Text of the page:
LIBERTY — In June, the Liberty City Council will either follow along with state guidelines for medical marijuana facilities or alter where facilities can be in relation to places like schools and churches in an attempt to better fit the city.
Katherine Sharp, the city’s planning and development director, said while the city cannot curtail medical marijuana, it can regulate “time, place and manner” of the operation of the medical marijuana facilities as long as the regulations aren’t “unduly burdensome on the operation” per state law.
When Amendment 2 passed Nov. 6, the Missouri Department of Health and Senior Services worked on drafting rules for implementation. On Monday, May 20, the council held a study session to discuss stipulations the city can control.
One regulation that spurred discussion was the 1,000-foot buffer between medical marijuana facilities and schools, day cares and churches currently outlined in the state law’s draft language. The city is considering changing the buffer before the state’s medical marijuana program rules are finalized.
Councilman Kevin Graham suggested dropping the buffer to 100 feet while Councilmen Jeff Watt and Harold Phillips suggested maintaining the 1,000 feet.
“I don’t think there will be hundreds of licenses for facilities in the next five years,” Graham said.
Sharp reminded the council there are strict guidelines for the sale of medical marijuana.
“This is a serious business,” she said. “People will first have their medical card given to them, which will define how much marijuana they are allowed. It will be dispensed accordingly. These dispensaries aren’t easily accessible. There are entry doors and then another door to have access with an employee of the dispensary.”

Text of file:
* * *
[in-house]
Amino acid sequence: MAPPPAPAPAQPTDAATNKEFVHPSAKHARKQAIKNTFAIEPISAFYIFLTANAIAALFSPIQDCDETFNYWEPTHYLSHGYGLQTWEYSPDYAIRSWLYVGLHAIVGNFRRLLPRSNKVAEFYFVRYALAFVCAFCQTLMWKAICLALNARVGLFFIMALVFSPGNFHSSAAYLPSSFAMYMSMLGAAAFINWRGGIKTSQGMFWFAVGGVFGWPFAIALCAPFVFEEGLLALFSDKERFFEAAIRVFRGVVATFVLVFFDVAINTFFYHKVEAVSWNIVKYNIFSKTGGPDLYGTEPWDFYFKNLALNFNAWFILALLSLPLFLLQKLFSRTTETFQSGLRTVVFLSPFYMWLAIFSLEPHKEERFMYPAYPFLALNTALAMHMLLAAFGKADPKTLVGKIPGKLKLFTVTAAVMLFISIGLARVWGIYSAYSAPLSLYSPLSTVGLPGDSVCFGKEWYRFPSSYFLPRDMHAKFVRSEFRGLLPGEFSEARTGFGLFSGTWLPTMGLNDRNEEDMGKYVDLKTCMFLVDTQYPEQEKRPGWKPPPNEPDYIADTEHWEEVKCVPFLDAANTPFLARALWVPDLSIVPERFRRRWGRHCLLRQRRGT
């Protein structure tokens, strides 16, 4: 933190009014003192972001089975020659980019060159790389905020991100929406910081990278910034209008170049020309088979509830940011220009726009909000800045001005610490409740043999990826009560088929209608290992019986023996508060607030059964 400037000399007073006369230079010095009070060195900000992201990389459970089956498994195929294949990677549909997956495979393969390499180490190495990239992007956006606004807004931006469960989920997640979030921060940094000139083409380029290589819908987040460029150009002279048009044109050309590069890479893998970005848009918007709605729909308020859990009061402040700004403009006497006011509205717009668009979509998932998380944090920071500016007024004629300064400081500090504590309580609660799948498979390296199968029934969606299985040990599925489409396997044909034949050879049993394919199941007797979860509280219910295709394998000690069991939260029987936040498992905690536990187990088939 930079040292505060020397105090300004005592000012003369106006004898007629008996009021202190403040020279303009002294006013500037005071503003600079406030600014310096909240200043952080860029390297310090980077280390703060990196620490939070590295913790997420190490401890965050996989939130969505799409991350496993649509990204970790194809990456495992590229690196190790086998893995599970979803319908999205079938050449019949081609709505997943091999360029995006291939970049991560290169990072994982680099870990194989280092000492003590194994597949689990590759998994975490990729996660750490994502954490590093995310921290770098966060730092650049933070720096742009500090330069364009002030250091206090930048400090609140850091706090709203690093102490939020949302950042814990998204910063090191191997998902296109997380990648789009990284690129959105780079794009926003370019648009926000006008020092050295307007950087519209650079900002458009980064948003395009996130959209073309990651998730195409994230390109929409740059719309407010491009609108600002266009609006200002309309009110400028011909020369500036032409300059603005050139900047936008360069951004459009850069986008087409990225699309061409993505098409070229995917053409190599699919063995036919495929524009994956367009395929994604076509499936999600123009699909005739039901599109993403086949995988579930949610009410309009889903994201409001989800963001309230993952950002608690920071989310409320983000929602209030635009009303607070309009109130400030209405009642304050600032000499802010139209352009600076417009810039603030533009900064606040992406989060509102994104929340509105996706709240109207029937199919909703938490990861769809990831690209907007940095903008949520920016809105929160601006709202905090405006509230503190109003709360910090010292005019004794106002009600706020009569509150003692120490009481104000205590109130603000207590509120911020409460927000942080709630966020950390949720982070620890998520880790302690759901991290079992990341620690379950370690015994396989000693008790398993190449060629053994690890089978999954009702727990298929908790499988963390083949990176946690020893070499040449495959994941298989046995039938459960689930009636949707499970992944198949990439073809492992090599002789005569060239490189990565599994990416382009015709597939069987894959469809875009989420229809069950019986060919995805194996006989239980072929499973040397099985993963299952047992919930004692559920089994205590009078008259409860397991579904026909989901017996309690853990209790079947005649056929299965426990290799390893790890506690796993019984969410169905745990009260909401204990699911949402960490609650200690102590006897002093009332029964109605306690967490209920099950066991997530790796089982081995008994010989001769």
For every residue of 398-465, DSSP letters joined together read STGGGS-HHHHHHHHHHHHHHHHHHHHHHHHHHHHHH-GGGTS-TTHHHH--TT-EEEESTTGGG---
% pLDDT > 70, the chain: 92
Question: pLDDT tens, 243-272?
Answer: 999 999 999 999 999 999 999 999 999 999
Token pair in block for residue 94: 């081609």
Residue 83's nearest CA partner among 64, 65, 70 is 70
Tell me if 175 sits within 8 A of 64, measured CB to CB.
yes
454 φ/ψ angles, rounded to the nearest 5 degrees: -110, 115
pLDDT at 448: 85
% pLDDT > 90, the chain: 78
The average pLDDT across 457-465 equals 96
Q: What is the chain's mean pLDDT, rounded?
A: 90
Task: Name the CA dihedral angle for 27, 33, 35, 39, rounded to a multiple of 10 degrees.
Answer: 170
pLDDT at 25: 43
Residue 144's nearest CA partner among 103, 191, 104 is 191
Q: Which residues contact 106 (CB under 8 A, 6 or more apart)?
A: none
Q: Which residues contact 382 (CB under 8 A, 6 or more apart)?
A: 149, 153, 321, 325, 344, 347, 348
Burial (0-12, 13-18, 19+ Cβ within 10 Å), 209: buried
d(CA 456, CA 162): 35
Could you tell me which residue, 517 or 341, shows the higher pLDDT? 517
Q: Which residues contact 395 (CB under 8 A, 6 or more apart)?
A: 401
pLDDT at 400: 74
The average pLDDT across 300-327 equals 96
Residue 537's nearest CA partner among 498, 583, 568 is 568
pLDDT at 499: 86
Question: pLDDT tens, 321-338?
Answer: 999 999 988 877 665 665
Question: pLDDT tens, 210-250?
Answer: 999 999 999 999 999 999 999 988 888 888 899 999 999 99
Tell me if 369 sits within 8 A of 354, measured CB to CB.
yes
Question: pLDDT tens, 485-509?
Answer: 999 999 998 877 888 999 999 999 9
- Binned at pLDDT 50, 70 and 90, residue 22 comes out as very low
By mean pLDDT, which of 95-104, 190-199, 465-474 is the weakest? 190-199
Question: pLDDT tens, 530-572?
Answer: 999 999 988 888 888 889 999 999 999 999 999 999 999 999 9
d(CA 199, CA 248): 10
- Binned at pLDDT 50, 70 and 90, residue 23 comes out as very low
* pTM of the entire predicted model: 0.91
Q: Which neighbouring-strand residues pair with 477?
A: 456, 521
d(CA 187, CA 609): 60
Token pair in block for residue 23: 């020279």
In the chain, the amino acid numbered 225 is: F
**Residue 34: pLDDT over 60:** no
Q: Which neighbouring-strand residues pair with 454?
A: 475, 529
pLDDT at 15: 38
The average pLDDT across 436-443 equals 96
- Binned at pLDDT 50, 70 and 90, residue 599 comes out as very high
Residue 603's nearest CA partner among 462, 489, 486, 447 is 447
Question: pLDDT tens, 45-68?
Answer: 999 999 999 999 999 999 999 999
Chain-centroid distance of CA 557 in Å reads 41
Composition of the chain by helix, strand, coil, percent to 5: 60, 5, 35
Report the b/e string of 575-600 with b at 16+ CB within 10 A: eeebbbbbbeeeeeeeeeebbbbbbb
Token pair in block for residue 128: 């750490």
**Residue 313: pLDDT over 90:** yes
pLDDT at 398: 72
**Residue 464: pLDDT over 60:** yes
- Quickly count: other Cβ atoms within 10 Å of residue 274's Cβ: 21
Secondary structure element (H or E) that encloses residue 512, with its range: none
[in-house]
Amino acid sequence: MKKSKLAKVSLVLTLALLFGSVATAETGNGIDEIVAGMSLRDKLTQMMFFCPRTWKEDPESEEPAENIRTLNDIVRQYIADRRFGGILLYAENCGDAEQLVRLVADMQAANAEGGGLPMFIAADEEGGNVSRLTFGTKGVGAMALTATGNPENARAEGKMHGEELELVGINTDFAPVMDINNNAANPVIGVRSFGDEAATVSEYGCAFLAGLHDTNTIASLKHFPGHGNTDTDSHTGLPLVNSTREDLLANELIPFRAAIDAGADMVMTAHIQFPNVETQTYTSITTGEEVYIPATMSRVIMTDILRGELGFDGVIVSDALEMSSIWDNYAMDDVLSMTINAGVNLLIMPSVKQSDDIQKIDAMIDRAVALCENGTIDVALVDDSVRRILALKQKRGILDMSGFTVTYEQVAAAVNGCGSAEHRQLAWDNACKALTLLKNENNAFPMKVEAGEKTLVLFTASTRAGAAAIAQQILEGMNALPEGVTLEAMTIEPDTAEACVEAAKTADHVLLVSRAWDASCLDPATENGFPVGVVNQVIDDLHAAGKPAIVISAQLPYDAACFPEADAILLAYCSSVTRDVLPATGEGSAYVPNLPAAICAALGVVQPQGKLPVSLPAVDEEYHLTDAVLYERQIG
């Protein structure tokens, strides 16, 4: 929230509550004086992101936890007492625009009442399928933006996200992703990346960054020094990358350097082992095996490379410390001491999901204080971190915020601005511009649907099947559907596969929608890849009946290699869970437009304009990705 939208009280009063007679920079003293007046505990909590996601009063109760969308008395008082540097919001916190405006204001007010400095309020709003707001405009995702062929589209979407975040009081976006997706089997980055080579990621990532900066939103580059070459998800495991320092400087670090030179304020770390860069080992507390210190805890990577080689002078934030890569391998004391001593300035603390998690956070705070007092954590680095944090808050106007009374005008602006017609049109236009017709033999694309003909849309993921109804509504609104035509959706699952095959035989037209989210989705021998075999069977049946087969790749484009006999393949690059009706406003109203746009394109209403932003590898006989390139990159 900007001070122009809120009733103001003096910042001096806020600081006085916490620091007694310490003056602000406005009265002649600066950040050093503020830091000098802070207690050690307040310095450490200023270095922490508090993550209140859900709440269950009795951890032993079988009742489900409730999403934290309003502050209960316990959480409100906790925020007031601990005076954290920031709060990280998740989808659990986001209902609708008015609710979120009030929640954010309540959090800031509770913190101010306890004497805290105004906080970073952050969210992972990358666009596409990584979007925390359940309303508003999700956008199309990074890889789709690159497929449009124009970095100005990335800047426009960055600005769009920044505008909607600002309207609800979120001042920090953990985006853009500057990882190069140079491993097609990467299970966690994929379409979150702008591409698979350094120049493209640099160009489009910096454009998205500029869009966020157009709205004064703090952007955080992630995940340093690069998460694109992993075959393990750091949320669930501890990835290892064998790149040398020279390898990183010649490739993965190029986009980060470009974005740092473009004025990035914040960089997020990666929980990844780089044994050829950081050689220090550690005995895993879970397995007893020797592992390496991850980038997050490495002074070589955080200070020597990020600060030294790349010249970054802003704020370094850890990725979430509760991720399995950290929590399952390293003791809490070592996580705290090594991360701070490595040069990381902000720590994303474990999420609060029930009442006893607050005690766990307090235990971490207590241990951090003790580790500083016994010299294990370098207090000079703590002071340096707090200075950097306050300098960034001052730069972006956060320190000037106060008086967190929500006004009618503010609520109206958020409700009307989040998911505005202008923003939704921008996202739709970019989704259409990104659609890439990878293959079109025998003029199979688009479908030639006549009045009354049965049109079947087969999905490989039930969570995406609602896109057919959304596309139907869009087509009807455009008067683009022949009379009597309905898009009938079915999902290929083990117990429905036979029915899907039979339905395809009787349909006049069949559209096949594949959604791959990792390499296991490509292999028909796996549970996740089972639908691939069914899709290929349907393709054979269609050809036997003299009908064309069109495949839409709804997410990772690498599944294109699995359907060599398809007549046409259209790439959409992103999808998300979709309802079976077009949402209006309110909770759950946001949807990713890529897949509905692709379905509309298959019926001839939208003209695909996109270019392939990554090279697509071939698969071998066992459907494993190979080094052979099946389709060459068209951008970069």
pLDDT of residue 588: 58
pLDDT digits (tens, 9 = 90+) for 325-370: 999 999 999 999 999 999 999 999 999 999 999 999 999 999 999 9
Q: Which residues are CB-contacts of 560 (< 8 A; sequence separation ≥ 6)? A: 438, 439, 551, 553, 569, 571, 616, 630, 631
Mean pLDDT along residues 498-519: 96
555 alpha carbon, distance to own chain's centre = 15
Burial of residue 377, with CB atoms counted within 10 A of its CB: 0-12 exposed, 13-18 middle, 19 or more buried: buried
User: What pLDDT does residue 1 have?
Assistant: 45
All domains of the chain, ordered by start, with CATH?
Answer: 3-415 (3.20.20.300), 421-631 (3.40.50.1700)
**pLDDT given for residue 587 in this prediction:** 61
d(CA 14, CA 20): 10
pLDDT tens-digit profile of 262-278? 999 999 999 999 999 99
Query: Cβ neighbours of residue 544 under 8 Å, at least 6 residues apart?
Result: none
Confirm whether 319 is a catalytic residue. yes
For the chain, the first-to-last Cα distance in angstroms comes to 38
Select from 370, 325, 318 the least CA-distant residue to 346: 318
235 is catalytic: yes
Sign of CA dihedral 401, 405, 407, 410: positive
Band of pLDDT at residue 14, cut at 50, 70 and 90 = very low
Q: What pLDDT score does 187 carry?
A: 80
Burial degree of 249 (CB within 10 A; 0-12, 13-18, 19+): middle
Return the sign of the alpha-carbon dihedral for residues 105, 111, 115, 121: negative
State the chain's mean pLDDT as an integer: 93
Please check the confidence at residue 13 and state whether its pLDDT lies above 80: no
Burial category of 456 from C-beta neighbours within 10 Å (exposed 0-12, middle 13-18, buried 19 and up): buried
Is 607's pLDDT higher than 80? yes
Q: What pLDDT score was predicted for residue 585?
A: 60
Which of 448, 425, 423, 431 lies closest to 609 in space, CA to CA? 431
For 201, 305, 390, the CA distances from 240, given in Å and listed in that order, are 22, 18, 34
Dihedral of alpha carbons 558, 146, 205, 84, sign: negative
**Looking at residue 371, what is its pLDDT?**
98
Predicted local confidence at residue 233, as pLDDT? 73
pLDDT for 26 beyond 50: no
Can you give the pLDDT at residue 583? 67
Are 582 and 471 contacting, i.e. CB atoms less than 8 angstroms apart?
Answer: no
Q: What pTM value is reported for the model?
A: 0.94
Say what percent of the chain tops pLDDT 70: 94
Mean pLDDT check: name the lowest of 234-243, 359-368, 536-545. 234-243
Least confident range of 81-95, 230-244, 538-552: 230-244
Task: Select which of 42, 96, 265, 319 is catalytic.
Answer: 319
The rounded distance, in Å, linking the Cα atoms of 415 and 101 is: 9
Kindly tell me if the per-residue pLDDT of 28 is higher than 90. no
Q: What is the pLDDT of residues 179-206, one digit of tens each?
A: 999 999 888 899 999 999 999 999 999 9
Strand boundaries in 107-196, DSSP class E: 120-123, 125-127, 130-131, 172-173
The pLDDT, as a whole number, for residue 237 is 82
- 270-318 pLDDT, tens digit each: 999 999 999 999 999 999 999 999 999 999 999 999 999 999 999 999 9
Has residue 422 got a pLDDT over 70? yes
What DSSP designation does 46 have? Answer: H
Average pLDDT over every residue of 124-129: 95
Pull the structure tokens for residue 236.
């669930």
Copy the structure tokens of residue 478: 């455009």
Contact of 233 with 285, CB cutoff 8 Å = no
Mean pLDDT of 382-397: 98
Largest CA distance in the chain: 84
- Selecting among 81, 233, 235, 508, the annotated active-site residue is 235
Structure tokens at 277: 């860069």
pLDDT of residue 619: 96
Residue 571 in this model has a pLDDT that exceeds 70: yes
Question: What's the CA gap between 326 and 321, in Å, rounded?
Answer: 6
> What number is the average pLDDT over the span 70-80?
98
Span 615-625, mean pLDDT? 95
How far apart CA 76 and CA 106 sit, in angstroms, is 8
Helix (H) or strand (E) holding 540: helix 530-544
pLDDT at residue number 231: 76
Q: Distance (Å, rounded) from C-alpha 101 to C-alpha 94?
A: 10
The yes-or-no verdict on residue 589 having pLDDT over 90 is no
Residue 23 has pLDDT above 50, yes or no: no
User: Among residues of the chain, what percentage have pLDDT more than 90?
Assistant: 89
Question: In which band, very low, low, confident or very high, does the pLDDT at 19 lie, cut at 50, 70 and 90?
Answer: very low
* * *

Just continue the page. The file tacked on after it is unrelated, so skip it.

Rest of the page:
Councilman Paul Jenness said medical marijuana is now a constitutional matter and was passed by a significant margin of Missouri voters.
“It’s heavily regulated,” he said. “I think the 100-foot buffer is fine.”
Councilman Gene Gentrup also suggested a 100-foot setback.
“Growing up, I was taught this was a bad drug,” Councilman Rae Moore said, adding her thoughts on marijuana as medicine were altered after her husband and former Councilman Jeff Moore died.
“When Jeff got sick, this would have been good. I think we should lower the buffer to either 100 or 300 feet like North Kansas City did,” she said.
Mayor Lyndell Brenton said he wants to see what other cities around Liberty are also considering for their setbacks.
Facility hours of operation also were a topic of discussion among city leaders. A suggestion of 8 a.m. to 10 p.m. was made for the marijuana facilities.
“I don’t want this to be a burden for our law enforcement,” Brenton said.
Sharp said the hours of operation are designed for shift workers who work a nontraditional schedule.
Several councilmen asked for limited hours such as closing at 7 p.m. or opening later in the morning.
“We do have regulations that the dispensaries will follow about signs and where they are able to be placed in the city,” Sharp said. “We have added 20 new definitions to the city code to better define this new facility.”The city is expected to finalize it’s facility allowance plans by the end of June or early July. The state will begin accepting patient applications starting July 4 and business applications beginning Aug. 3. Dispensaries will be operational in 2020.